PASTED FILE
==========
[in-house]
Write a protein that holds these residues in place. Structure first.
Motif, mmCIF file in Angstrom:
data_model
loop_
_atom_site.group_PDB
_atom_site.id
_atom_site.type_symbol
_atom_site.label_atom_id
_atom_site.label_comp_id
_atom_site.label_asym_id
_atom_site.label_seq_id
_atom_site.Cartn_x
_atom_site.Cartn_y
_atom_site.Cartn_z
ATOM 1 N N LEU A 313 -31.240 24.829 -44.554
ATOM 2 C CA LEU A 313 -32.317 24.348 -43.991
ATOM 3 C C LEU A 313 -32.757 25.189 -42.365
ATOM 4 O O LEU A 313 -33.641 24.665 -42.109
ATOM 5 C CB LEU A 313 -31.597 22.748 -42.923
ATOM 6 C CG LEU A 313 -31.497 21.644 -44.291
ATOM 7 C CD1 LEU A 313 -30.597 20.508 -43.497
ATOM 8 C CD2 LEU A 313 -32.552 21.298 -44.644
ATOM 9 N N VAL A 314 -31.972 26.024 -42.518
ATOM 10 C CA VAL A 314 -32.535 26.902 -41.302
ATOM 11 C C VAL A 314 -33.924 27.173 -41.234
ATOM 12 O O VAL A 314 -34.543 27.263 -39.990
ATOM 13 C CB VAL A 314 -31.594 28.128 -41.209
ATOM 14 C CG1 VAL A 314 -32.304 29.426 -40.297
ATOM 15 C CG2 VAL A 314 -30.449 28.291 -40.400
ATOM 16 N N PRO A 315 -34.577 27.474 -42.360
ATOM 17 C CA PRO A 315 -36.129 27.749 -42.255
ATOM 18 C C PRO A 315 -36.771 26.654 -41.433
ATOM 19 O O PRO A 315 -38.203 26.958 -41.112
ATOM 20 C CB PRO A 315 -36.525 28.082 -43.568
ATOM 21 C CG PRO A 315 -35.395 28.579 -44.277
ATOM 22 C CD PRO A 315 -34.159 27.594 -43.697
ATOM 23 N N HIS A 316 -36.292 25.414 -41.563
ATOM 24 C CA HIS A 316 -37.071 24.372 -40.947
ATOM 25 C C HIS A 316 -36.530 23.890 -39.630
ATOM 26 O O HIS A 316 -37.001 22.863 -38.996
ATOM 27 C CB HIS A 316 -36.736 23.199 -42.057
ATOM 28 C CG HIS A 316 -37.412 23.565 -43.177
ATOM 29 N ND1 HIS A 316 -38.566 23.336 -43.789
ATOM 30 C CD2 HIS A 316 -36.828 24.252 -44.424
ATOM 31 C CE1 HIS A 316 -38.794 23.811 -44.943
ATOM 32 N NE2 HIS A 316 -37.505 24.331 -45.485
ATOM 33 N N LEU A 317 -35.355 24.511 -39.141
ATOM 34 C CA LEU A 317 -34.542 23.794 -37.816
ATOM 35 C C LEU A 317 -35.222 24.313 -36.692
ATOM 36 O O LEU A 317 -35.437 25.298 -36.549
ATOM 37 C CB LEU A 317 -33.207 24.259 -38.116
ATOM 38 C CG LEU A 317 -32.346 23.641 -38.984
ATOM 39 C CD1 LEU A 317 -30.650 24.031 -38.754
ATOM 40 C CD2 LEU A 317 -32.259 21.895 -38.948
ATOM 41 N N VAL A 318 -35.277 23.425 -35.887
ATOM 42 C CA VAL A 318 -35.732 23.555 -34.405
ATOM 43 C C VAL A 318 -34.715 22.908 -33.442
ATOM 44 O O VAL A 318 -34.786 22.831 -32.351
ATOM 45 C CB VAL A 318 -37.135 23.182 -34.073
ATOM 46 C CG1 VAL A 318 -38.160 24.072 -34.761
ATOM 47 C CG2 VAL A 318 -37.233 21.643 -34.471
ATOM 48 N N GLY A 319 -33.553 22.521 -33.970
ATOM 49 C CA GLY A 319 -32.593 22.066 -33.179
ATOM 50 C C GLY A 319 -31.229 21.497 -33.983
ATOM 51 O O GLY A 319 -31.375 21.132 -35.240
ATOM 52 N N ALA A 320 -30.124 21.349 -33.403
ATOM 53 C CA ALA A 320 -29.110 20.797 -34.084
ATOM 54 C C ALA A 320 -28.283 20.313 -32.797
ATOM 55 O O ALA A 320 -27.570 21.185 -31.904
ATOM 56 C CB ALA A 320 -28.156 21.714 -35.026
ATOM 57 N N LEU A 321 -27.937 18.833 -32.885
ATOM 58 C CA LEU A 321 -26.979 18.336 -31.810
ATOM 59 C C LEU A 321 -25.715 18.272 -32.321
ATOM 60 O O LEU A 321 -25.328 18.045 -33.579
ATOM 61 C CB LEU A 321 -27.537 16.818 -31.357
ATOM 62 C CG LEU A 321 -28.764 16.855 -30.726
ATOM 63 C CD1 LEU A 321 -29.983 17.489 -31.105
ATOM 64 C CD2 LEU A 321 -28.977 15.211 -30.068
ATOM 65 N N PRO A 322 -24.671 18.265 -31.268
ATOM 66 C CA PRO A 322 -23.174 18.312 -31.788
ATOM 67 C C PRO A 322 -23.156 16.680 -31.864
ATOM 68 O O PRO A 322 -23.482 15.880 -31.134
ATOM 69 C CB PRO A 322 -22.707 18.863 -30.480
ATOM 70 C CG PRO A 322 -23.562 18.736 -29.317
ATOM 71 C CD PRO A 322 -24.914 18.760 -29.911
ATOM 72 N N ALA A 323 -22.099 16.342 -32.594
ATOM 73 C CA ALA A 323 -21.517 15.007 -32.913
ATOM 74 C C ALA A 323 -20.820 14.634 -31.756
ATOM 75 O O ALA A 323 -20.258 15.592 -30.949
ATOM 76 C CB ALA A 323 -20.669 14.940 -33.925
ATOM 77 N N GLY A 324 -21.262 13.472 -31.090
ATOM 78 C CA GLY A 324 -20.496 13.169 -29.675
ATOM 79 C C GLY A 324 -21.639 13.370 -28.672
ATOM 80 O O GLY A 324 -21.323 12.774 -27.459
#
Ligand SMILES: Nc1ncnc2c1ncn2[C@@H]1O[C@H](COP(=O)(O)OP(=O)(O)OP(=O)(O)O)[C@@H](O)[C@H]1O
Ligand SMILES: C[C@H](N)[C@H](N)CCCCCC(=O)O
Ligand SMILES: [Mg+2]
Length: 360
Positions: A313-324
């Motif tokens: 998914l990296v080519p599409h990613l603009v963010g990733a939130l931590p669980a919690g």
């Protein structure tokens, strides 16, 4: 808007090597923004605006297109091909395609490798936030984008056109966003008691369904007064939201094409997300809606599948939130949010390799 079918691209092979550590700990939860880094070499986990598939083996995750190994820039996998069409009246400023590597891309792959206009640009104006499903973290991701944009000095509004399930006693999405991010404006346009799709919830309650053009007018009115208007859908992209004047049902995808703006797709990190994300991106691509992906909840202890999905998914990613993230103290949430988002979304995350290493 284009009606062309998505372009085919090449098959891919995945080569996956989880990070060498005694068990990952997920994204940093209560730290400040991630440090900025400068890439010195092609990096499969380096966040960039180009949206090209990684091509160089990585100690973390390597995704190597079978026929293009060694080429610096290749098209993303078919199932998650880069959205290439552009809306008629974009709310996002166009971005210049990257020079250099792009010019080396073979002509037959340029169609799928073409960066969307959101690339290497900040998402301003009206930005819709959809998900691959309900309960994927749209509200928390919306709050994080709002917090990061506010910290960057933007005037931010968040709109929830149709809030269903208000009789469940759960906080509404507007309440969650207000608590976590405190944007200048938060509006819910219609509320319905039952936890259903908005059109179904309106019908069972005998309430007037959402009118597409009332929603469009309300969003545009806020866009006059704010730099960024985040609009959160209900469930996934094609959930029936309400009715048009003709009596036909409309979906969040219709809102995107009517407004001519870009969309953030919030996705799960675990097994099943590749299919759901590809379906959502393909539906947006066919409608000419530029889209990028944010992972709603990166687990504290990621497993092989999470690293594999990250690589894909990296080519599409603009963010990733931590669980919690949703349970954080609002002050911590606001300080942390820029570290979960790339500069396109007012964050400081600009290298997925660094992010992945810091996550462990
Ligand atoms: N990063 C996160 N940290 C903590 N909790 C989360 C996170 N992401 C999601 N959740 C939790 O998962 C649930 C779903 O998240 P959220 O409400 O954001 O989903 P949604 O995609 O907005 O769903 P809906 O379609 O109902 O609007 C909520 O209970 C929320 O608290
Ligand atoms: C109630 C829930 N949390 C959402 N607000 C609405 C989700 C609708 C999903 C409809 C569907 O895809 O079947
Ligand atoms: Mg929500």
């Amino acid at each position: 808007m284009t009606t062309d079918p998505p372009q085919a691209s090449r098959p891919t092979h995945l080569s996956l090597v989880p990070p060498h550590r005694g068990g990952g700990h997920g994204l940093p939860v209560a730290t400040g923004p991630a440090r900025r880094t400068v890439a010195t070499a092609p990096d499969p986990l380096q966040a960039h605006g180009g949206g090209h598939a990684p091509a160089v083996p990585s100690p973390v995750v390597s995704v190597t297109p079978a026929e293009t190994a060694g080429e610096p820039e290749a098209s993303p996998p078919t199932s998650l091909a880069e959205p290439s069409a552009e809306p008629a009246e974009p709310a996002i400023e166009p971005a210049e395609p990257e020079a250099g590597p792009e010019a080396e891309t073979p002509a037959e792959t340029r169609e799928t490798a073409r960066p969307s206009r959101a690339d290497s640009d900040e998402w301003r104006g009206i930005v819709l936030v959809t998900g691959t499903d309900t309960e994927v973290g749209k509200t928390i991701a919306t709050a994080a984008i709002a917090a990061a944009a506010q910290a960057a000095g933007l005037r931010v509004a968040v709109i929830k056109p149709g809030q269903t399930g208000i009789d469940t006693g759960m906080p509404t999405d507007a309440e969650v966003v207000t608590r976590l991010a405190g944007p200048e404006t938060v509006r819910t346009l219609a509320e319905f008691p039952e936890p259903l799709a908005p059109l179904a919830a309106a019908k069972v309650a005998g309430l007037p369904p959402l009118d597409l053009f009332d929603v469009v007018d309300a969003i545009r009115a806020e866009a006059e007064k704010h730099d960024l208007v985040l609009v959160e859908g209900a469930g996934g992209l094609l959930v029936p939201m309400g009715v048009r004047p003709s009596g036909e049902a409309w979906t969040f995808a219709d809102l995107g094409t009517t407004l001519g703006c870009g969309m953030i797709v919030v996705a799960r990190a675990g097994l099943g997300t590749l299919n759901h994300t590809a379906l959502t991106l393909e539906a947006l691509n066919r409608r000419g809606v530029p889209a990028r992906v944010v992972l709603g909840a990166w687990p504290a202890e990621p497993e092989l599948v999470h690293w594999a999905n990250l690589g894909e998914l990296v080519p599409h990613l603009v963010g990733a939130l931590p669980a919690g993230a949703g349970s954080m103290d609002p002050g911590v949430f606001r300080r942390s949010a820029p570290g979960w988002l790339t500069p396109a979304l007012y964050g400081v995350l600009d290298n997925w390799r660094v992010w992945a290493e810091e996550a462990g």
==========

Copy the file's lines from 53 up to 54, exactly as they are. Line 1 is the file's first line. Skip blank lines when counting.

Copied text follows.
ATOM 38 C CG LEU A 317 -32.346 23.641 -38.984
ATOM 39 C CD1 LEU A 317 -30.650 24.031 -38.754